Rountree's certainly not going to attract the same type of buzz or attention as the top prospects in this class, but he's absolutely going to be a mid-round steal for a NFL team. He was used both as an in-between the tackles runner and outside zone rusher at Missouri. While he was effective on outside zones due to his proficiency in turning the corner, he did miss obvious running lanes from time to time. His offensive line didn't do him many favors in making these obvious, but there were some missed opportunities on tape. However, when he's running downhill, he's extremely effective. No nonsense runner in a downhill scheme that has the acceleration to take advantage of an opening in the line right away. Good patience from time to time too and able to manipulate his feet to put him in the best position to attack a lane. Great short-area quickness and acceleration ability. Certainly not elite and he won't be breaking angles in the open field, but has enough gas in the tank to accelerate quickly when he finds open field. Struggles to halt his momentum when he's running full speed, which hinders him in the open field. Doesn't have the lateral mobility to jump multiple gaps at the LOS, but has enough to manipulate space in small windows and put himself in a good position to accelerate through the line. Willing to embrace contact at all levels of the field, but doesn't necessarily have the size to drive defenders backwards. More of an elusive athlete than a power back. Doesn't have elite breakaway speed, but has more than enough to be a factor in today's NFL. Carries his momentum well around the corner on outside zone runs and then can kick it into another gear if there's open space. Won't be breaking away for 50+ yard runs consistently, but will be able to pick up chunk plays.Good contact balance and has a solid center of gravity. Able to spin out of contact well and come right back to a solid foundation. Also able to break tackles well. Slippery at times. Had a bad whiff on tape against Georgia, but then showed natural receiving ability the remainder of the game. He's unlikely to be a heavily featured receiver out of the backfield, but the skillset is there to capitalize on for a NFL team. Rountree's able to scan and identify where the pressure is coming from quickly enough and he's often putting himself in the proper position. However, he's merely just someone who can get in the way and slow down incoming pressure. If he meets a larger defender, he's going to be driven backwards more often than not. Overall, Rountree has the skillset to fit any scheme in the NFL and he has the talent to make an impact. He's unlikely to land in a spot that will give him the "keys to the kingdom", but he can be a highly effective part of a rotational backfield. Should be an early Day 3 pick. (Source: www.fantasypros.com)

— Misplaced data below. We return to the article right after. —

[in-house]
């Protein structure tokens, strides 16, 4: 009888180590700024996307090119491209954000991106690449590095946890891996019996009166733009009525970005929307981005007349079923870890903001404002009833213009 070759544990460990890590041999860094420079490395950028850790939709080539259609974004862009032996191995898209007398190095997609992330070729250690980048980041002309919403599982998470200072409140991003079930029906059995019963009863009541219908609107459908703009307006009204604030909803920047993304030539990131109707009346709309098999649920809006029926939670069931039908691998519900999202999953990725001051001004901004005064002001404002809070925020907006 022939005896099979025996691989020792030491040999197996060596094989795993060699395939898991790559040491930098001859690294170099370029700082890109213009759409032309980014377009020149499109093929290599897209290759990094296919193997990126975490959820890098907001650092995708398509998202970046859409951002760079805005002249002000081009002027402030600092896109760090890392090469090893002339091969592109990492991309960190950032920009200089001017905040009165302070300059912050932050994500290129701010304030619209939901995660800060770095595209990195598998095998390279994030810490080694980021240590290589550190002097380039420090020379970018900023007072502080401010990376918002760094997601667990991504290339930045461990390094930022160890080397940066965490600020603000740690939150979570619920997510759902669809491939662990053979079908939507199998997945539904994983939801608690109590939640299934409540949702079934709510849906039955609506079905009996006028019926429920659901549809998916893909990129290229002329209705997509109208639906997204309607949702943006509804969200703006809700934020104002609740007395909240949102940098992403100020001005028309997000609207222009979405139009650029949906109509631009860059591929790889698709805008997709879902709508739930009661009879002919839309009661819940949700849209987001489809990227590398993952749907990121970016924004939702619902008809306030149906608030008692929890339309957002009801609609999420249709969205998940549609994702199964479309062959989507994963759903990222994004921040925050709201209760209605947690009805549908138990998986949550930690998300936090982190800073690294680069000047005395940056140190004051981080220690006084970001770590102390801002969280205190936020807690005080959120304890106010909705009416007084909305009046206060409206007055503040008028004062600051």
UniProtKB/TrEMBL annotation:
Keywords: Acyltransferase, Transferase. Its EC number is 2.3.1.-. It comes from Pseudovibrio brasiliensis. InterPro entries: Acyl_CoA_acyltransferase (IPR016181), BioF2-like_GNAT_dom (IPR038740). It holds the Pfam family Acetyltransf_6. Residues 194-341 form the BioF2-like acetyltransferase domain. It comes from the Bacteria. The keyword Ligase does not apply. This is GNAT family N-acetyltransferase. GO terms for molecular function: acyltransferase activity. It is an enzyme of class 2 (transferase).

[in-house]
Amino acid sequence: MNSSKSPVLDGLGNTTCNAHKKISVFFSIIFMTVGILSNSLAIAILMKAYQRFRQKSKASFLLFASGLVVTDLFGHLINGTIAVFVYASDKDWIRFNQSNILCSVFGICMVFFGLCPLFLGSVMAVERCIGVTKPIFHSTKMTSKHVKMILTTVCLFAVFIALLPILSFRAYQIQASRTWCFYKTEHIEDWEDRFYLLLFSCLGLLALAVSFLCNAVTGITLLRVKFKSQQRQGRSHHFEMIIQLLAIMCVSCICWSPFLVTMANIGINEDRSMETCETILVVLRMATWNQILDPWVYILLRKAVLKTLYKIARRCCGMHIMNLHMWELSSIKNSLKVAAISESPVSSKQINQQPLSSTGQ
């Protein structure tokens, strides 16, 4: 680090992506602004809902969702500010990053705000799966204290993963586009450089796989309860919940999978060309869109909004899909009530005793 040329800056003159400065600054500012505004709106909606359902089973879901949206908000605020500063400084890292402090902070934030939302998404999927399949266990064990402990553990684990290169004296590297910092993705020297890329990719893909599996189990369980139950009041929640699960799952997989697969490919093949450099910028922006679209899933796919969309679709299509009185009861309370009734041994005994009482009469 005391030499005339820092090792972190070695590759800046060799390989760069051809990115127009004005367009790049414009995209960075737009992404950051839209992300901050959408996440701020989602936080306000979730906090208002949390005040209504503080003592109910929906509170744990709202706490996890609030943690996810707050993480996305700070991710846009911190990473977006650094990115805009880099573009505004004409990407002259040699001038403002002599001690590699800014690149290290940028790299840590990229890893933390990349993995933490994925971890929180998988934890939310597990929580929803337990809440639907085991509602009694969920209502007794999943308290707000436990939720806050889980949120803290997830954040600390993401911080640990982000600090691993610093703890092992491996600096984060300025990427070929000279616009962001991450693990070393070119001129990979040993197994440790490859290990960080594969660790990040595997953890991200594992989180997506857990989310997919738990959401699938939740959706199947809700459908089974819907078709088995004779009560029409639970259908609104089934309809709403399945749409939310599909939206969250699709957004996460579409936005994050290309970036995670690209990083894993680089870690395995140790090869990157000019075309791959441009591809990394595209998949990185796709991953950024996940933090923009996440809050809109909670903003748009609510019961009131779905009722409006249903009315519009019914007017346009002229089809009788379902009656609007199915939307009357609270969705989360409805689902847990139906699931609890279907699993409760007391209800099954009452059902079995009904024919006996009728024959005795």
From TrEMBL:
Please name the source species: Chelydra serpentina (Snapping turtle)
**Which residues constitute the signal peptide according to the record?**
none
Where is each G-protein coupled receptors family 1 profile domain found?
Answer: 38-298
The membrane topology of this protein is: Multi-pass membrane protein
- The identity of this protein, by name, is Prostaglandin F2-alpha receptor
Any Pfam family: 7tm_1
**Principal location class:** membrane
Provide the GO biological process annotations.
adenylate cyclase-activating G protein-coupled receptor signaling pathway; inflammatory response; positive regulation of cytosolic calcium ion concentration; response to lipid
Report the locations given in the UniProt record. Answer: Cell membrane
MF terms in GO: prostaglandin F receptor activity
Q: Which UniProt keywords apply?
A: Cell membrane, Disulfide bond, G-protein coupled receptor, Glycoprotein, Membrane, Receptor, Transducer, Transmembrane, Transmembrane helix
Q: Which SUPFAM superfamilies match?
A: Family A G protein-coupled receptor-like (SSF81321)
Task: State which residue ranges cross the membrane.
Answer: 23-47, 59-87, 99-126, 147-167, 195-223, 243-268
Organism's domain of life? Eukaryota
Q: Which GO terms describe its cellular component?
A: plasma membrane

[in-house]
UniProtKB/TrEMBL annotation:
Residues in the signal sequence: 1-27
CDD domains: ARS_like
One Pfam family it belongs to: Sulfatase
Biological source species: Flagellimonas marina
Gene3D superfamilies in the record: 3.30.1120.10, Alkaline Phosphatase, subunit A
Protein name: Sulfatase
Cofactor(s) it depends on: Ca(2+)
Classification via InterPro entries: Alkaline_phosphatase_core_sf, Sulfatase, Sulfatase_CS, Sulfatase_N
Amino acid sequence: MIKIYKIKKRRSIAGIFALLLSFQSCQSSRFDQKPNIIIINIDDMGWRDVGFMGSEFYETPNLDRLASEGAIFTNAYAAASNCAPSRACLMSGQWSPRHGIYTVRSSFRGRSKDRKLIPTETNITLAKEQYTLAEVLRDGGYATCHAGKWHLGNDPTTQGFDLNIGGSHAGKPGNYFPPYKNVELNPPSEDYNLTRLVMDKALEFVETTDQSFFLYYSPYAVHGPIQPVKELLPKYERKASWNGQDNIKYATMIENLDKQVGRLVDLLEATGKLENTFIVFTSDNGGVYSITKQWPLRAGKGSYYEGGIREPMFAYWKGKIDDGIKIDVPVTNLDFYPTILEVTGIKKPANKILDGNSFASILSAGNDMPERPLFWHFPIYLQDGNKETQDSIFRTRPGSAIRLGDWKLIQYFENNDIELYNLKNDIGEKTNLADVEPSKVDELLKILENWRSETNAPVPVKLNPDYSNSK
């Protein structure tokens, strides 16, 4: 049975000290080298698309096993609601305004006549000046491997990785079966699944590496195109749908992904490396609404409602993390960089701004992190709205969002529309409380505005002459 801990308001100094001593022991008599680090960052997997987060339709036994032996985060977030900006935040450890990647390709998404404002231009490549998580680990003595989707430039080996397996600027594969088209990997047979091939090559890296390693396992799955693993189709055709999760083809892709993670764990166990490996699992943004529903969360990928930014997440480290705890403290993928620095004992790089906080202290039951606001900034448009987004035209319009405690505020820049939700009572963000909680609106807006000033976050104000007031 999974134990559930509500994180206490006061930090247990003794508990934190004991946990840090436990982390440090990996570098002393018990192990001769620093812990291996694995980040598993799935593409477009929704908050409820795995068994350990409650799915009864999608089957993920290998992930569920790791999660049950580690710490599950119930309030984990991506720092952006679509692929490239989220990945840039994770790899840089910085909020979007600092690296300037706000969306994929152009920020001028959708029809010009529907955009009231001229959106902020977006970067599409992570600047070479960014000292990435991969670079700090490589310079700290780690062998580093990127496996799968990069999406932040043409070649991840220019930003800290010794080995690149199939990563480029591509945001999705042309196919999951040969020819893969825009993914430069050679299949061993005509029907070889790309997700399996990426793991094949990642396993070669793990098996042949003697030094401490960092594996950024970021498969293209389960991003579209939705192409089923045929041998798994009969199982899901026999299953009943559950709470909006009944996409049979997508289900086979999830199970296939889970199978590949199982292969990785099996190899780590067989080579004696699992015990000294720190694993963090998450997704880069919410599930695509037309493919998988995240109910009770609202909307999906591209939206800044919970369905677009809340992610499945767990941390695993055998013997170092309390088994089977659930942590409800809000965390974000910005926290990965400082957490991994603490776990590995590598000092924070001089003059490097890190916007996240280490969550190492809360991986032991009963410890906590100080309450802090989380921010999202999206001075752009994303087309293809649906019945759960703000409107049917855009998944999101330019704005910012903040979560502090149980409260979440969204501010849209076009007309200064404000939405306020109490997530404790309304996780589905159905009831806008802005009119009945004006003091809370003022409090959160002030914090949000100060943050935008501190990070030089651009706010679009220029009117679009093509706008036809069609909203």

Draft

For the third straight year, the Chargers tabbed a running back in the NFL draft, this time around selecting Rountree in the sixth round. At 5-10, 211 pounds, the Missouri product could emerge as a short-yardage option for the team. A reported 4.62 40-yard dash at his pro day seems to confirm the lack of breakaway speed that routinely shows up on Rountree's collegiate tape, but the three-year starter was a dependable workhorse who also has experience playing on special teams. That should help his cause in what is already shaping up to be a tight competition for backup slotting, with returnees in Kelley and Justin Jackson also in the mix. Read Past Outlooks

This section compares his draft workout metrics with players at the same position. The bar represents the player's percentile rank. For example, if the bar is halfway across, then the player falls into the 50th percentile for that metric and it would be considered average. (Source: www.rotowire.com)

Rb

Chargers sixth-round draft pick RB Larry Rountree III reacts to being drafted by the Chargers at No. 198 overall, surprising his parents with his selection and what led to his success at Missouri.

With Rountree inactive Sunday, Joshua Kelley and Justin Jackson are on hand to work behind starting RB Austin Ekeler versus Baltimore in Week 6. (Source: www.cbssports.com)

Lii

COSTA MESA, Calif -- Larry Rountree III is a name you probably hadn't heard of until this week. The 2021 NFL Draft sixth-round pick has had a quiet rookie season with the Los Angeles Chargers.

The Los Angeles Chargers selected Missouri running back Larry Rountree III with the 198th overall pick in the sixth round of Sunday's 2021 NFL Draft. (Source: www.chargers.com)